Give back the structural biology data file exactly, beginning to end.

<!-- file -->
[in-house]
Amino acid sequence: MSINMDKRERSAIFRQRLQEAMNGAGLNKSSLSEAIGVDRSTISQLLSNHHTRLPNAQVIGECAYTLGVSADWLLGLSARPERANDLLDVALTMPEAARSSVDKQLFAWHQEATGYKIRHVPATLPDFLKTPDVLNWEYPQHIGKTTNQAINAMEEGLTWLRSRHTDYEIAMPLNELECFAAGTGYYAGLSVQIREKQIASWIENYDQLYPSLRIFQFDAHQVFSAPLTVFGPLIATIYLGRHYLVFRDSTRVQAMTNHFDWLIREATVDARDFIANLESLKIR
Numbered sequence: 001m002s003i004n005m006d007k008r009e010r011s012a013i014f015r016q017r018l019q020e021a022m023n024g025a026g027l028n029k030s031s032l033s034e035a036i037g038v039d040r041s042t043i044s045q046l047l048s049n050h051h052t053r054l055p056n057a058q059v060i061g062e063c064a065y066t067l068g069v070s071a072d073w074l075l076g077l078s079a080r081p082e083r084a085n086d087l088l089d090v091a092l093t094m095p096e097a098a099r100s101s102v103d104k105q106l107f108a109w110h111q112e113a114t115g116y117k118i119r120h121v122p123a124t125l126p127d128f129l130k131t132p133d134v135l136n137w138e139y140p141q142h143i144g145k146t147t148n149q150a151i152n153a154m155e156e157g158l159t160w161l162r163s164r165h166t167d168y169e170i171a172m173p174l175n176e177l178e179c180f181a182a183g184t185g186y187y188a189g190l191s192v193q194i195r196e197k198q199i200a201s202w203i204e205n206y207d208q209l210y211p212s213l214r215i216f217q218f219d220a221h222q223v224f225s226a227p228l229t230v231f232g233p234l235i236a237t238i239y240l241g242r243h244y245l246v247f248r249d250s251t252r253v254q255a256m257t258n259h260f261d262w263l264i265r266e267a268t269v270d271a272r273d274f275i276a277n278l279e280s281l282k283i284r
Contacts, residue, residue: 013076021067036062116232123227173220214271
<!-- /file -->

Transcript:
[in-house]
Amino acid sequence: MSINMDKRERSAIFRQRLQEAMNGAGLNKSSLSEAIGVDRSTISQLLSNHHTRLPNAQVIGECAYTLGVSADWLLGLSARPERANDLLDVALTMPEAARSSVDKQLFAWHQEATGYKIRHVPATLPDFLKTPDVLNWEYPQHIGKTTNQAINAMEEGLTWLRSRHTDYEIAMPLNELECFAAGTGYYAGLSVQIREKQIASWIENYDQLYPSLRIFQFDAHQVFSAPLTVFGPLIATIYLGRHYLVFRDSTRVQAMTNHFDWLIREATVDARDFIANLESLKIR
Numbered sequence: 001m002s003i004n005m006d007k008r009e010r011s012a013i014f015r016q017r018l019q020e021a022m023n024g025a026g027l028n029k030s031s032l033s034e035a036i037g038v039d040r041s042t043i044s045q046l047l048s049n050h051h052t053r054l055p056n057a058q059v060i061g062e063c064a065y066t067l068g069v070s071a072d073w074l075l076g077l078s079a080r081p082e083r084a085n086d087l088l089d090v091a092l093t094m095p096e097a098a099r100s101s102v103d104k105q106l107f108a109w110h111q112e113a114t115g116y117k118i119r120h121v122p123a124t125l126p127d128f129l130k131t132p133d134v135l136n137w138e139y140p141q142h143i144g145k146t147t148n149q150a151i152n153a154m155e156e157g158l159t160w161l162r163s164r165h166t167d168y169e170i171a172m173p174l175n176e177l178e179c180f181a182a183g184t185g186y187y188a189g190l191s192v193q194i195r196e197k198q199i200a201s202w203i204e205n206y207d208q209l210y211p212s213l214r215i216f217q218f219d220a221h222q223v224f225s226a227p228l229t230v231f232g233p234l235i236a237t238i239y240l241g242r243h244y245l246v247f248r249d250s251t252r253v254q255a256m257t258n259h260f261d262w263l264i265r266e267a268t269v270d271a272r273d274f275i276a277n278l279e280s281l282k283i284r
Contacts, residue, residue: 013076021067036062116232123227173220214271